Glasgow From Above aerial images


03 February 2014
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Rare and previously unseen images which chart the growth and decline of industry in 20th century Glasgow have been released by RCAHMS. ...
Glasgow From Above aerial images Images
Rare and previously unseen images which chart the growth and decline of industry in 20th century Glasgow have been released by RCAHMS for 'Britain From Above: Looking Down to Build Business' a new exhibition at the Lighthouse, Glasgow, which runs from 14 February to 7 May 2014.

The exhibition showcases the industrial might of Scotland in the years following World War One, as captured from the air:



It also draws on many rare and previously unseen aerial images from the Aerofilms archives, traces the histories of factories, shipyards, mills, ironworks and their surrounding communities over three decades, from 1919 to 1953.

Industries are shown operating at peak and also in decline, as the 'bird's eye view' tracks the impact of social, political and economic forces on the urban fabric of Scotland, from the Great Depression to reconstruction in the aftermath of World War Two.

Many of the buildings featured are now long gone, demolished to make way for housing and other developments.

The Lighthouse exhibition coincides with the publication of a new book – Aerofilms: A History of Britain from Above published on 20 February 2014.  Photographs from the book and the Aerofilms collections are being showcased in three simultaneous exhibitions at The Lighthouse (14 February to 24 April), The RAF Museum in Hendon (13 February 2014 to  March 2016) and the Museum of Edinburgh (1 February to 19 April 2014).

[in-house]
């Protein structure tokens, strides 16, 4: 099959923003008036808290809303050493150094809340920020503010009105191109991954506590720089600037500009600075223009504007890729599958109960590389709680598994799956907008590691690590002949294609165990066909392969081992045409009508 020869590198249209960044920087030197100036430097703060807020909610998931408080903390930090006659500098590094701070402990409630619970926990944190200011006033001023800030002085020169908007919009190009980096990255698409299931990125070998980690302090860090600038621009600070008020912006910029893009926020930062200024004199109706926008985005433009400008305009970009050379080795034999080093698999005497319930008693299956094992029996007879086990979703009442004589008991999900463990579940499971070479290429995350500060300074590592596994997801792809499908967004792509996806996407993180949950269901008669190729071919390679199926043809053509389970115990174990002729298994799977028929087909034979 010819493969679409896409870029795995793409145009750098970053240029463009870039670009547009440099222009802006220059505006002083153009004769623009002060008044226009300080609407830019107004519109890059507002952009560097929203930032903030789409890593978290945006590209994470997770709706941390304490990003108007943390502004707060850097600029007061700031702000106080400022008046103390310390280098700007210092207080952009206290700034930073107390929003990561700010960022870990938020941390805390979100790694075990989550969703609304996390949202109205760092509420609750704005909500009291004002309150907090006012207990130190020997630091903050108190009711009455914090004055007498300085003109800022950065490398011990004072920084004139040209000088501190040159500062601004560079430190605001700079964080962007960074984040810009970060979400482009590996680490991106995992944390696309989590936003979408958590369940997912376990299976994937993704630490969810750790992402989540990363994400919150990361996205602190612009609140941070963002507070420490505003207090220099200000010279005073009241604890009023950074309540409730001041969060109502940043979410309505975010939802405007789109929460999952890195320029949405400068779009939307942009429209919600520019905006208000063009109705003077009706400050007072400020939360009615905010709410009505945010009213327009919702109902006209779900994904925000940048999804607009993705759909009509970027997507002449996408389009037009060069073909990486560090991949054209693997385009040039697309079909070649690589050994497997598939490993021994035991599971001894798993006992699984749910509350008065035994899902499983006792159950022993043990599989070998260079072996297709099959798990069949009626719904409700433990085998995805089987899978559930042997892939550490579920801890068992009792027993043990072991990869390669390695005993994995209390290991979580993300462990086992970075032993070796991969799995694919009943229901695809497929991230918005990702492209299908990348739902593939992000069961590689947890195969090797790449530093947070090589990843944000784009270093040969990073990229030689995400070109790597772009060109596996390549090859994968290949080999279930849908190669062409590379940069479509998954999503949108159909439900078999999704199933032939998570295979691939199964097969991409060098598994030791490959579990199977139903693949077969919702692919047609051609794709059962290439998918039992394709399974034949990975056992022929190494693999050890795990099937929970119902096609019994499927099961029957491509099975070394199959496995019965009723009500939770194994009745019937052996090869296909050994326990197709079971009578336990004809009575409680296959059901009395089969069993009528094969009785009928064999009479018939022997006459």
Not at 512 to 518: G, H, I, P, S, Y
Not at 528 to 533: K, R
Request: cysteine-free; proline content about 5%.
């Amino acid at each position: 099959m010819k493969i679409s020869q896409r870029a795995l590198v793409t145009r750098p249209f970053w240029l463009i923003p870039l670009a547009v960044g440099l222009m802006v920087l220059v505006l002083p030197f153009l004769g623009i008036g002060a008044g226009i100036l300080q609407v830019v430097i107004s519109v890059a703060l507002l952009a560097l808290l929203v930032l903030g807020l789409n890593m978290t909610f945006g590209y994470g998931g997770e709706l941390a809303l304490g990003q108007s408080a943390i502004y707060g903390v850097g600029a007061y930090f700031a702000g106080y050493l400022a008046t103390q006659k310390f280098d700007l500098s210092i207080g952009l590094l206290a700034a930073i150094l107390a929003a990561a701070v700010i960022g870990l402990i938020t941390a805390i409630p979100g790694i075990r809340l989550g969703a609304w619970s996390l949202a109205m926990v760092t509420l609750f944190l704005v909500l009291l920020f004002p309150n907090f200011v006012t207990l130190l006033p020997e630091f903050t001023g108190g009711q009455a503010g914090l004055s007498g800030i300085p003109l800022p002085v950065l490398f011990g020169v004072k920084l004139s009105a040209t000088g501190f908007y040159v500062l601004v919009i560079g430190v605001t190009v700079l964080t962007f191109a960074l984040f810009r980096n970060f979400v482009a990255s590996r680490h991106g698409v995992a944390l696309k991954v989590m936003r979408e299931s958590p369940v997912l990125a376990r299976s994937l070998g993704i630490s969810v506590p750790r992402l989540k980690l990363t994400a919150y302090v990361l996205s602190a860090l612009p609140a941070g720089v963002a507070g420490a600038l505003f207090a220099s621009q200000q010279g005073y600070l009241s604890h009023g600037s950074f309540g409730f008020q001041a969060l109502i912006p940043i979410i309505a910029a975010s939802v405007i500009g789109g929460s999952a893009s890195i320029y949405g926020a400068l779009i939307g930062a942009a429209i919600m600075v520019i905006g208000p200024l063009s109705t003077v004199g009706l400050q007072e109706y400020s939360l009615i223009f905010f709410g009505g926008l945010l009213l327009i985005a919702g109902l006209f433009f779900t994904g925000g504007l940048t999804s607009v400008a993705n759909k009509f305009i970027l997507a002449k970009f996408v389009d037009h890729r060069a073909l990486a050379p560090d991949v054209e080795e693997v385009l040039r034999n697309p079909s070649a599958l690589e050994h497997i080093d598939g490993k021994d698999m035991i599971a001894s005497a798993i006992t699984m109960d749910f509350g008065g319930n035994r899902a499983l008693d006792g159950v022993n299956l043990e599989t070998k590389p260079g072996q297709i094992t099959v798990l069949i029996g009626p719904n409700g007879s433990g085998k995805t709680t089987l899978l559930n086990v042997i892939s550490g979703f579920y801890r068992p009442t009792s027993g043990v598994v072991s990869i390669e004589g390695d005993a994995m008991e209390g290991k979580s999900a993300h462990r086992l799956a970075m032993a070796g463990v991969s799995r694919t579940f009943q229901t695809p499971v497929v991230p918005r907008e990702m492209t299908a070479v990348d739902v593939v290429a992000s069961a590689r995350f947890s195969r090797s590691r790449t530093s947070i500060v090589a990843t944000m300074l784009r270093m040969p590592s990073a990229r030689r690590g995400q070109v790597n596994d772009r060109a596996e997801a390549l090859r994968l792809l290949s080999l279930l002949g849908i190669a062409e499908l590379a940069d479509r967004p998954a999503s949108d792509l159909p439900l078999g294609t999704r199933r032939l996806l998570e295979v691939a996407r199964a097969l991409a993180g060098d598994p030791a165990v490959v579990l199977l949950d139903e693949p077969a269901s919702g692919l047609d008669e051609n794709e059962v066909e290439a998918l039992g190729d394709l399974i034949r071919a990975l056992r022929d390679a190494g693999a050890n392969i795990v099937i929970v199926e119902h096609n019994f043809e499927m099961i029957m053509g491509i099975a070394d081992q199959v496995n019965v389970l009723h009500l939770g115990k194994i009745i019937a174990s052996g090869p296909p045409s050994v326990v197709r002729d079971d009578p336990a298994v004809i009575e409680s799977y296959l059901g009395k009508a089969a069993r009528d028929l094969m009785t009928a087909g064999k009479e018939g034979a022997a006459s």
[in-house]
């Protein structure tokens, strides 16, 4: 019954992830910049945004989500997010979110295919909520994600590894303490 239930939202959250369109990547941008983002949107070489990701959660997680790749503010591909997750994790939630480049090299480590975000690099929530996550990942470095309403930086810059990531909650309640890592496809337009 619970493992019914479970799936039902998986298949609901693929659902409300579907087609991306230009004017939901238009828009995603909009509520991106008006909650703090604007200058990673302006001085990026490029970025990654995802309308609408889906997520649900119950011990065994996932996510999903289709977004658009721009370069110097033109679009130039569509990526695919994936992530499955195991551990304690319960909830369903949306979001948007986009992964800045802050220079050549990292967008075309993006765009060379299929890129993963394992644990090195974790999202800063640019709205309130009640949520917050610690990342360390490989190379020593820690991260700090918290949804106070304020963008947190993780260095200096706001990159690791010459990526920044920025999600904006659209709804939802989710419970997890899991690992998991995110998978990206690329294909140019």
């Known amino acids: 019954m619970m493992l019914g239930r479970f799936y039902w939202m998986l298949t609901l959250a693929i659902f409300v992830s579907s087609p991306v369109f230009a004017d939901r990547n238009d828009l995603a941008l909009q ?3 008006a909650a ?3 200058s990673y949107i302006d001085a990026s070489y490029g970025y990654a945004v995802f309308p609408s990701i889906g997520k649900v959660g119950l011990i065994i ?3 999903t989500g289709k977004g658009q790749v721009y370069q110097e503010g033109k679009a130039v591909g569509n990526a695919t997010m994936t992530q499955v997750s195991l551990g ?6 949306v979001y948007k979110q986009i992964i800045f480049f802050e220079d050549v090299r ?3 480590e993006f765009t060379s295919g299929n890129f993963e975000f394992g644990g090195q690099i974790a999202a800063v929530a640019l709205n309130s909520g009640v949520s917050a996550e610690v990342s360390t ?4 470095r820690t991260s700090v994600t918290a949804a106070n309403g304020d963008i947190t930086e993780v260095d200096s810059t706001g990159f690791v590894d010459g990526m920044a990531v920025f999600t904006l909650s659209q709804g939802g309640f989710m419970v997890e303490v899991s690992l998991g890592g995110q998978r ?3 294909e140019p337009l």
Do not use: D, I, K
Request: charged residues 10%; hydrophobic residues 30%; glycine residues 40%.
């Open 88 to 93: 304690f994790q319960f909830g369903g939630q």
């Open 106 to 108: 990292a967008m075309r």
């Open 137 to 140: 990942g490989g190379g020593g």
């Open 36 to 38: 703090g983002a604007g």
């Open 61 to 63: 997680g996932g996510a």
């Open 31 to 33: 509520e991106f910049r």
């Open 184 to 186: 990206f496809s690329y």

THE AEROFILMS ARCHIVE

Aerofilms Ltd was born on 9 May, 1919. An unprecedented business venture, it hoped to marry the still fledgling technology of powered flight to the discipline of photography.  From developing photographic glass plates in a hotel bathroom at the London Flying Club in Hendon, to producing many thousands of aerial images of Britain every year, the company took a tool which had first been used for military intelligence, and repackaged it for the mass market.

The one constant thread running through the history of Aerofilms was its relationship with industry. Photographing industrial buildings was a constantly renewable source of business. While the shape and form of the industries that Aerofilms photographed may have changed – from soot-blackened, gothic Victorian factories to Art Deco monoliths and futuristic buildings of gleaming metal – the principle remained the same. The company courted the owners of businesses by sending them unsolicited aerial photographs of their premises in an attempt to secure image sales.



EXHIBITION DETAILS

Britain From Above: Looking Down To Build Business runs from 14 February to 7 May 2014 at: The Lighthouse (Gallery 4), 11 Mitchell Lane, Glasgow G1 3NU; tel: 0141 276 5360; visit The Lighthouse website.

(All images copyright RCAHMS)

See RCAHMS pictures of Historic Edinburgh From Above in our special feature.

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